Are solar powered toilets the future? Well Bill Gates is betting it is and putting his money behind its development. The “Reinvent the Toilet Fair” held in Seattle this week at the Bill and Melinda Gates Foundation’s campus gave first price to Professor Michael Hoffman of the California Institute of Technology for their work on a self-contained, sun-powered toilet system that recycles water and breaks down human waste into storable energy.
The Bill and Melinda Gates Foundation has focused on developing a new type of toilet since last year as part of the push to improve health in the developing world. This is due to Bill Gates recognising that despite all the staggering medical breakthroughs and scientific advances the seemingly mundane advance of reliable sewage and reliably clean water supply was judged the greatest medical advance.
Bill Gates has constantly focused on the need for a new type of toilet as an important part of his foundation’s push to improve health in the developing world. About 2.6 billion people, or 40 percent of world’s population mostly in sub-Saharan Africa and south Asia lack access to safe sanitation and are forced to defecate in the open. Open defecation leads to sanitation problems that cause 1.5 million children under 5 to die each year, Gates said, “western style toilets are not the answer as they demand a complex sewer infrastructure and use too much water.”
As Bill Gates has realised what plumbers have always known is that fundamentally toilets have not changed since the invention of the flush toilet in 1775. For this reason Bill Gates has launched the reinvent the toilet program to inspire research into new inventions in toilet technology. “Imagine what’s possible if we continue to collaborate, stimulate new investment in this sector, and apply our ingenuity in the years ahead,” Bill Gates said at his foundation’s Seattle headquarters on Tuesday. “Many of these innovations will not only revolutionise sanitation in the developing world, but also help transform our dependence on traditional flush toilets in wealthy nations.”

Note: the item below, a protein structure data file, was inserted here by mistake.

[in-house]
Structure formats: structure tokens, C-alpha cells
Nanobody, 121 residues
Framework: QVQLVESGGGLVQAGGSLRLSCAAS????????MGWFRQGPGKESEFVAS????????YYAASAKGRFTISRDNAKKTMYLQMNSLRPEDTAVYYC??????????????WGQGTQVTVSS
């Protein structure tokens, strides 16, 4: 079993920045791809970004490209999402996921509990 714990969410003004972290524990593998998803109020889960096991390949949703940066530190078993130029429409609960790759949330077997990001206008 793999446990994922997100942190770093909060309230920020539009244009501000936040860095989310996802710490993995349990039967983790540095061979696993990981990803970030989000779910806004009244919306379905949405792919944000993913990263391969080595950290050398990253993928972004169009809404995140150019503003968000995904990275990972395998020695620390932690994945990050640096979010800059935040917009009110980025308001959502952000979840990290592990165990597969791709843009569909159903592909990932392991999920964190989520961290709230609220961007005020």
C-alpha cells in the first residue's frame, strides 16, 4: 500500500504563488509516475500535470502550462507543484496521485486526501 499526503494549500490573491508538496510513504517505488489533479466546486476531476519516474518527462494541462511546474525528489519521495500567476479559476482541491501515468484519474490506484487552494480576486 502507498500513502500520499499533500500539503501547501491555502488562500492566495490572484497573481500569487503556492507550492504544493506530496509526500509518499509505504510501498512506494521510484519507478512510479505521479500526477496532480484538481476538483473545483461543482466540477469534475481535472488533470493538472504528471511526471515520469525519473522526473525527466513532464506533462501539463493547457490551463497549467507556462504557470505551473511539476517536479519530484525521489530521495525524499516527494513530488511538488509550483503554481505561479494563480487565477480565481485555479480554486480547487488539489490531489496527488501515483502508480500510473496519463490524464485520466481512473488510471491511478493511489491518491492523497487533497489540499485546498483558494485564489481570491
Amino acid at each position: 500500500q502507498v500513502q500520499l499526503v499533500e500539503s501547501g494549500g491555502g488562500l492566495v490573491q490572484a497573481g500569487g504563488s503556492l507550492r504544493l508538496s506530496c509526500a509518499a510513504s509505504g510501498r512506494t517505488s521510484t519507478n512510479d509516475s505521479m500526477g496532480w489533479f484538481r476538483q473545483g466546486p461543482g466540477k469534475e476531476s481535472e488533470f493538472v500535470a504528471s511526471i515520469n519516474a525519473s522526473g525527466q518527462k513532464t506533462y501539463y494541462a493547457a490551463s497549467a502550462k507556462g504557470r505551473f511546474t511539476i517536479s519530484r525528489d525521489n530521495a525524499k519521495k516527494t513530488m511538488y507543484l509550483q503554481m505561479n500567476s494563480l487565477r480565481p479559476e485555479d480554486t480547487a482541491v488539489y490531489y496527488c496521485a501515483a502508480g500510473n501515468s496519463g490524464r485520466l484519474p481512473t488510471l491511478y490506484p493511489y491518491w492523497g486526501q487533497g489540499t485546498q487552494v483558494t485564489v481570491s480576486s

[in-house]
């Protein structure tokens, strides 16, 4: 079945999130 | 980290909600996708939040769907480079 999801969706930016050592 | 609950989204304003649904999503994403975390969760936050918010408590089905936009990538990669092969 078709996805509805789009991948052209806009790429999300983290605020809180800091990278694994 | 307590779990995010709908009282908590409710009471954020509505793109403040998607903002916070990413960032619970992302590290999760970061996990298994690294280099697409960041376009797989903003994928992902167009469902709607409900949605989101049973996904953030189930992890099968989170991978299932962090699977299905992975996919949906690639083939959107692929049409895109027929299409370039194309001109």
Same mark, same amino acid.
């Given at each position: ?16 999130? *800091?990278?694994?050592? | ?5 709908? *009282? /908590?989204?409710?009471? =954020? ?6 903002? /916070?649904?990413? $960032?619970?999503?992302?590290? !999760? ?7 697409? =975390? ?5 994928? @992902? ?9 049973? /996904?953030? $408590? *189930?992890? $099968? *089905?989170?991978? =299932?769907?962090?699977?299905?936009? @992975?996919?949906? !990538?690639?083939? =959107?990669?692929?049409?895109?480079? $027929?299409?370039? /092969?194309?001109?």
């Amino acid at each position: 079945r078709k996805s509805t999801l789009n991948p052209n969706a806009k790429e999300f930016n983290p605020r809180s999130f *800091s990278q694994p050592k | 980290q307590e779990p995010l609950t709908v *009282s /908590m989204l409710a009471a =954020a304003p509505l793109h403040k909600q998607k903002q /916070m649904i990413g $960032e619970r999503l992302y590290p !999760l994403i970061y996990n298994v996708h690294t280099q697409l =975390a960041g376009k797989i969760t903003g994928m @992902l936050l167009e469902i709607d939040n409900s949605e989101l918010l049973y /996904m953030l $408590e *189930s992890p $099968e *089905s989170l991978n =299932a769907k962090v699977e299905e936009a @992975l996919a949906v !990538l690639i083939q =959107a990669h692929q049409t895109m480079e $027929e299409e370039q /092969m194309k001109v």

Bill Gates presented prizes on Tuesday to the teams that showed the most progress on research new toilet technology. Caltech won the first prize of $100,000 for its working model of a solar powered bathroom. The Caltech model uses a solar panel to produce power for an electrochemical reactor that breaks down faecal matter and urine into hydrogen gas which can be stored in hydrogen fuel cells to provide a backup energy source for night operation or use in low sunlight conditions. The workings of the toilet are designed to be installed underground beneath a conventional looking toilet stall and urinal setup. Water recovered from the continuous process is pumped up again to provide water to flush the toilet.
The Bill and Melinda Gates Foundation is hoping many of the leading universities will work together to develop the best technologies and is aiming to get new style toilets into use in the next two to four years as they are already spending about $80 million a year on water, sanitation and hygiene issues. These are areas where it thinks it can make a marked difference in people’s lives by doing what plumbers have always provided, a hygienic toilet facility.